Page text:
miRNA gene knockdown? - (Nov/06/2007 )
I am carrying out antisense-mediated knockdown of a miRNA by an LNA oligo. I observed what might be success. On a northern from a non-denaturing gel, I observed that the band normally detectable at 23nt is no longer present in my experimental samples, and still detectable in the control. However, I observe a strong band at a higher position (est. 40nt) in my experimental lanes. I suspect that this may be double-stranded nucleic acid (LNA:RNA) of the antisense oligo binding up the miRNA, which might indicate that I was successful in knocking down the miRNA, if it is binding up the miRNA, preventing it from being utilizable.
Further evidence of this is that when I examine a northern where I run my samples on a denaturing gel, I instead see a band running at the same position as the control. The fact that it could be double stranded and still bind to a membrane is possible as I am using a (+) charged nylon membrane and not nitrocellulose.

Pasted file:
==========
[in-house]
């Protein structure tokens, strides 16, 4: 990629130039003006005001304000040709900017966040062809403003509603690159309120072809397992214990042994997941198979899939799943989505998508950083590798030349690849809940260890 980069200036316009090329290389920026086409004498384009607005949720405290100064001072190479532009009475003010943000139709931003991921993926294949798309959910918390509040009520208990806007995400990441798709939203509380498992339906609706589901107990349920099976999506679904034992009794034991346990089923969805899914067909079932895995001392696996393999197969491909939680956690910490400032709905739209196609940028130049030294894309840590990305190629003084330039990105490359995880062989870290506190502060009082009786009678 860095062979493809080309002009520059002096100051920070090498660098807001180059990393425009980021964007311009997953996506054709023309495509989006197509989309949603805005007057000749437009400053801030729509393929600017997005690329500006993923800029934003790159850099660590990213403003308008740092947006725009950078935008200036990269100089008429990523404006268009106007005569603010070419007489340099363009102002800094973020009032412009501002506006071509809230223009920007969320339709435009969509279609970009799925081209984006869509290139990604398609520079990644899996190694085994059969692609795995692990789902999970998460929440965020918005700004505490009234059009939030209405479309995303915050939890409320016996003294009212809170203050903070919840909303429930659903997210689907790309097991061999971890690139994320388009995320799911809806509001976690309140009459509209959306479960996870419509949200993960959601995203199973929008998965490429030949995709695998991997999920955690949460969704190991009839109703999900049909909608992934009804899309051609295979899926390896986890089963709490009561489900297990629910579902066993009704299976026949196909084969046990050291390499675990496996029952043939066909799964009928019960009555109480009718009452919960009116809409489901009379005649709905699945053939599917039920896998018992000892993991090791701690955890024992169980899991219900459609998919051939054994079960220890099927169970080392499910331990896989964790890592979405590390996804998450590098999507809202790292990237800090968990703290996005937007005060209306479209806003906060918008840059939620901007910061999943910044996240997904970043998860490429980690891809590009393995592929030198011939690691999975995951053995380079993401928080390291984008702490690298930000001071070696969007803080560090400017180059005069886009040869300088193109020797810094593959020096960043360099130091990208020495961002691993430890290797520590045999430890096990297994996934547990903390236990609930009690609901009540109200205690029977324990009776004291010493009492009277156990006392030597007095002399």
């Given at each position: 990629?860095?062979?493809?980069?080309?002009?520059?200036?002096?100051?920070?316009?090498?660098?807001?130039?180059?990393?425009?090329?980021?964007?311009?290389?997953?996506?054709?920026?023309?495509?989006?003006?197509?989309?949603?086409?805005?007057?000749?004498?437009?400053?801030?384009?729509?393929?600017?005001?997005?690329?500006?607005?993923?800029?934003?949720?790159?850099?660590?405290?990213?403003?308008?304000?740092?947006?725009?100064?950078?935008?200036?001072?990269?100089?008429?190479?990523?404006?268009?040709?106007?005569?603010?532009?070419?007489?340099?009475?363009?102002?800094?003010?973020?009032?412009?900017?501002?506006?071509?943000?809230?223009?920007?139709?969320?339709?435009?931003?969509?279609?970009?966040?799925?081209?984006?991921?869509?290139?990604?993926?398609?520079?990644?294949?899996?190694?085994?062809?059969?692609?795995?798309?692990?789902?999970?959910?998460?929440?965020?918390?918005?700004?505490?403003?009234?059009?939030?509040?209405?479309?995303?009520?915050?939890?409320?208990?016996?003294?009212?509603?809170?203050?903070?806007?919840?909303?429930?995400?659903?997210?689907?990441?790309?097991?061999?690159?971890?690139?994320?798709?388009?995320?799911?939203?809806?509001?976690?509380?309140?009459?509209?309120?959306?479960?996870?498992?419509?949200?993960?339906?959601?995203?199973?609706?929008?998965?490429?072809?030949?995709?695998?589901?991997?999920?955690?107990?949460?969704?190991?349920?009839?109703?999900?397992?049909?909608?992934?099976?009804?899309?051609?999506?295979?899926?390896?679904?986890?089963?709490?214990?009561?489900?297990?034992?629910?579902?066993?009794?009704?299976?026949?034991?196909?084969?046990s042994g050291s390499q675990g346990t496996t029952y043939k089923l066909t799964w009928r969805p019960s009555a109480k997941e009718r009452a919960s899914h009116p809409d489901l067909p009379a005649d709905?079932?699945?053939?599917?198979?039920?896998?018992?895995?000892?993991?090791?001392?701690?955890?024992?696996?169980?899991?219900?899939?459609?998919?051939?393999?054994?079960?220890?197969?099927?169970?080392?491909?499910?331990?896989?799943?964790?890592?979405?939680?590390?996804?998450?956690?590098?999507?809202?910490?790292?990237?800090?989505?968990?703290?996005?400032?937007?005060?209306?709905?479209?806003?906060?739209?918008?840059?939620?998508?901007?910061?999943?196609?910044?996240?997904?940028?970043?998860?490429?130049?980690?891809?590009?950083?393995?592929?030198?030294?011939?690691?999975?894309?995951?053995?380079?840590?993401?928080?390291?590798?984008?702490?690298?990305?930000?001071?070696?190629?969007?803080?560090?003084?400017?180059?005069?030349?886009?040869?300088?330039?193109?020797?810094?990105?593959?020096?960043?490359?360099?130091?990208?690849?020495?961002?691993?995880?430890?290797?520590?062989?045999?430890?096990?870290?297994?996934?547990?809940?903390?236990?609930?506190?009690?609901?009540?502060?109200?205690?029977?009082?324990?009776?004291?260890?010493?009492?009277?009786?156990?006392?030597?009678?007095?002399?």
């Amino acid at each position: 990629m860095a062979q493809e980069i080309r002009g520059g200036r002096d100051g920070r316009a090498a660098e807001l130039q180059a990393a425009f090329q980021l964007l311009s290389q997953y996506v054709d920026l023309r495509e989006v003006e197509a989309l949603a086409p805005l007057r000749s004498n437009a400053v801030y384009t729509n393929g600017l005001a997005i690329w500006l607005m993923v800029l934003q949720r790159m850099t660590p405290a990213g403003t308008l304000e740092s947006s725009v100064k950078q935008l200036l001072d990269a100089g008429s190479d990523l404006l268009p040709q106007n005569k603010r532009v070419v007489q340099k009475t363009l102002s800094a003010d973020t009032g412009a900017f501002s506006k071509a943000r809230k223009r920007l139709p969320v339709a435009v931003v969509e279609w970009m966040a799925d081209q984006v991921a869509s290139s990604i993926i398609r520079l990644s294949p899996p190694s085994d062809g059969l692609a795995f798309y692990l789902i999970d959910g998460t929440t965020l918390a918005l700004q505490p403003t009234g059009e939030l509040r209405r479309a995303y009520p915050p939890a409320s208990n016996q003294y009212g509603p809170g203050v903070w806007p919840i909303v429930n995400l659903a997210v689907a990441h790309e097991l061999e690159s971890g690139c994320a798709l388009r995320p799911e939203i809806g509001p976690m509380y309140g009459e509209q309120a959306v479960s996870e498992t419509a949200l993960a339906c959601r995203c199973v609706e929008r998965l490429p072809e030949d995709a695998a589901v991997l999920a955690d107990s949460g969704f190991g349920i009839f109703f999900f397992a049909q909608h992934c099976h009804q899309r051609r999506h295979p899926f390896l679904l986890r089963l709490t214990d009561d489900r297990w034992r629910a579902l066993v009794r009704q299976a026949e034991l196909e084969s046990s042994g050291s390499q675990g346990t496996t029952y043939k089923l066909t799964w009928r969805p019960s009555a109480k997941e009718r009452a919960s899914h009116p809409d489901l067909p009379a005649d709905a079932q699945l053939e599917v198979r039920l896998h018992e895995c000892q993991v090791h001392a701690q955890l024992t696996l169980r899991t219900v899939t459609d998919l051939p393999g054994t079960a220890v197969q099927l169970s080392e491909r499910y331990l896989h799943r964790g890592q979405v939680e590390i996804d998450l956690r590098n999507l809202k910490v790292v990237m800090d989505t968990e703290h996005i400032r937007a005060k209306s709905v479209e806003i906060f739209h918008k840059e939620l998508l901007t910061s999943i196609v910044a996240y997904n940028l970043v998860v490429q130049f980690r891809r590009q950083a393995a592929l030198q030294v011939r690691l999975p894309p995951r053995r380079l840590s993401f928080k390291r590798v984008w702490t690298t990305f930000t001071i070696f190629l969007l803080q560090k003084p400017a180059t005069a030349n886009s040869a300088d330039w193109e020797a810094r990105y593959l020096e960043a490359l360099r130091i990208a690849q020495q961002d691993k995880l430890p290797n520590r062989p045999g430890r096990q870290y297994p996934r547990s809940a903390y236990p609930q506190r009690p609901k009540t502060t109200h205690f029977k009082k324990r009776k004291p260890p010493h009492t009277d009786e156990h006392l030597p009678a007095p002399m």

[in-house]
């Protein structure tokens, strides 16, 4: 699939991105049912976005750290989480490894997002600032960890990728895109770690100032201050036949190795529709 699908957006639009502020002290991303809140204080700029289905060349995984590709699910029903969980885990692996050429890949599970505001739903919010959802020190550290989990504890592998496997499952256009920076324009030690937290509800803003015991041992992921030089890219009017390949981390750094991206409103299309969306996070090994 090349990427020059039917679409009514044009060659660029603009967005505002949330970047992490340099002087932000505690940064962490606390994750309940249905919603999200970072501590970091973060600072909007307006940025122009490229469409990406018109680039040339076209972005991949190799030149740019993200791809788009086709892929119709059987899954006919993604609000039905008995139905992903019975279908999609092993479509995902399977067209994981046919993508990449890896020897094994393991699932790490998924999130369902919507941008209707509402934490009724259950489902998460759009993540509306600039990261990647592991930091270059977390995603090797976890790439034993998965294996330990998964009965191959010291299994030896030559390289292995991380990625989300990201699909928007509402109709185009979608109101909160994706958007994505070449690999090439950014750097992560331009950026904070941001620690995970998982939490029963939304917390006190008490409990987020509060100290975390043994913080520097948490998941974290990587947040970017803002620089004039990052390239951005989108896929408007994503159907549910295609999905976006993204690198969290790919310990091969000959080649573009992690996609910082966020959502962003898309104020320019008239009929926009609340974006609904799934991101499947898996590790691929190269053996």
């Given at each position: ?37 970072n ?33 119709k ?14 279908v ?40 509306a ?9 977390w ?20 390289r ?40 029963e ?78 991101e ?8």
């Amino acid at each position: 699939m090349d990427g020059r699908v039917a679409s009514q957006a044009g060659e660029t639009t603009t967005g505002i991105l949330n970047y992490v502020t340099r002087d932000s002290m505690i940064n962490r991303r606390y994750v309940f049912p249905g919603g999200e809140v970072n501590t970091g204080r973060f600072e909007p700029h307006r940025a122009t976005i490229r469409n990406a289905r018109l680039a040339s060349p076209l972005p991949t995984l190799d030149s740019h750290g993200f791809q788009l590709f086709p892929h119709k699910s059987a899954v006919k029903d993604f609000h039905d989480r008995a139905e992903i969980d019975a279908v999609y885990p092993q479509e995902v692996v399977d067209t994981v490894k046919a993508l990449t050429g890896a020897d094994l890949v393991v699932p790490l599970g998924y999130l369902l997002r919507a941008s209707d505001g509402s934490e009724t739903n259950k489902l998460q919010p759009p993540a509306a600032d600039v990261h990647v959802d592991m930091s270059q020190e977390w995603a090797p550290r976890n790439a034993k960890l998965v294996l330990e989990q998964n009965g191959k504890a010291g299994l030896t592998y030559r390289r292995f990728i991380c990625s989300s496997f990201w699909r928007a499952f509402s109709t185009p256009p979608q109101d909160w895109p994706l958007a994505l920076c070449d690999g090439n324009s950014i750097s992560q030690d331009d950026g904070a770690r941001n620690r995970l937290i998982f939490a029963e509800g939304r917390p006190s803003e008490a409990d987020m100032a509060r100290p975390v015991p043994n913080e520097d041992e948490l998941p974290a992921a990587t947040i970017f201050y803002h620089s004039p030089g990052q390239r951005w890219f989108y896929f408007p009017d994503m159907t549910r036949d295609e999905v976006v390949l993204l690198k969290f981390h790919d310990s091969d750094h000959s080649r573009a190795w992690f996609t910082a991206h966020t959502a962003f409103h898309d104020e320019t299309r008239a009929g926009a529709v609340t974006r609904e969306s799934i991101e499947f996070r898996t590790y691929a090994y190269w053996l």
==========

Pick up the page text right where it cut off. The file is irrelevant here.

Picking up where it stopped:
My question is this... Has anyone else observed this phenomena? I have tried to look in the literature but don't see it. We considered that it could be pri-miRNA, but if so, why is it not a larger size? If degraded pri-miRNA, it would probably not be a distinct band, and also why the change between non-denaturing and denaturing gel?
Do you think that this is double stranded nucleic acid? If not, what do you think it might be?
Thank you for your help...
Your hypothesis that the bandshift is due to the LNA binding seems reasonable to me. What about using a labeled LNA for the knockdown? Then you would extract and run out the small RNA on the gel and see whether the labeled oligos, after some time in cells with miRNAs, have the same migration as the putative heteroduplex band you observed. If the mobility matches that would be good support for your hypothesis.